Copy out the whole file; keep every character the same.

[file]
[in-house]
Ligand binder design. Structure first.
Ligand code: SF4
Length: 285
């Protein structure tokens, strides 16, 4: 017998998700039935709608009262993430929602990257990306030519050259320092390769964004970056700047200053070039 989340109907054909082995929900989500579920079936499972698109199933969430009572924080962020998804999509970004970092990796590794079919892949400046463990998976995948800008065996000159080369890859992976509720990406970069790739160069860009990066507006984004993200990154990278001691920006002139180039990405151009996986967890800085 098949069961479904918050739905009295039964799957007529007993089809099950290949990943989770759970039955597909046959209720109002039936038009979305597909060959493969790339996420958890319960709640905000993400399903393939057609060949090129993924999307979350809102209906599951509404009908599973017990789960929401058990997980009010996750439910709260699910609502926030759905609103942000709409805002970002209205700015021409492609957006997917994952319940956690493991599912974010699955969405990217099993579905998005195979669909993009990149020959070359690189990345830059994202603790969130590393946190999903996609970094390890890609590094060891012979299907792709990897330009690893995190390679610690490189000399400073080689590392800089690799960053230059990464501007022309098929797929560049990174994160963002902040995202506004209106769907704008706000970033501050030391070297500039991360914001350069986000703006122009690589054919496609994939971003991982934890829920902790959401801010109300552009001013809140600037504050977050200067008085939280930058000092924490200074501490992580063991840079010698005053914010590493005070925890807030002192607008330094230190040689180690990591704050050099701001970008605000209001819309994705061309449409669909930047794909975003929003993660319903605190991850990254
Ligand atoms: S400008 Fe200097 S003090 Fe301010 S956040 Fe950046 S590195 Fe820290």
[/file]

[in-house]
Ligand binder design. Structure first.
Ligand code: SF4
Length: 285
């Protein structure tokens, strides 16, 4: 017998998700039935709608009262993430929602990257990306030519050259320092390769964004970056700047200053070039 989340109907054909082995929900989500579920079936499972698109199933969430009572924080962020998804999509970004970092990796590794079919892949400046463990998976995948800008065996000159080369890859992976509720990406970069790739160069860009990066507006984004993200990154990278001691920006002139180039990405151009996986967890800085 098949069961479904918050739905009295039964799957007529007993089809099950290949990943989770759970039955597909046959209720109002039936038009979305597909060959493969790339996420958890319960709640905000993400399903393939057609060949090129993924999307979350809102209906599951509404009908599973017990789960929401058990997980009010996750439910709260699910609502926030759905609103942000709409805002970002209205700015021409492609957006997917994952319940956690493991599912974010699955969405990217099993579905998005195979669909993009990149020959070359690189990345830059994202603790969130590393946190999903996609970094390890890609590094060891012979299907792709990897330009690893995190390679610690490189000399400073080689590392800089690799960053230059990464501007022309098929797929560049990174994160963002902040995202506004209106769907704008706000970033501050030391070297500039991360914001350069986000703006122009690589054919496609994939971003991982934890829920902790959401801010109300552009001013809140600037504050977050200067008085939280930058000092924490200074501490992580063991840079010698005053914010590493005070925890807030002192607008330094230190040689180690990591704050050099701001970008605000209001819309994705061309449409669909930047794909975003929003993660319903605190991850990254
Ligand atoms: S400008 Fe200097 S003090 Fe301010 S956040 Fe950046 S590195 Fe820290």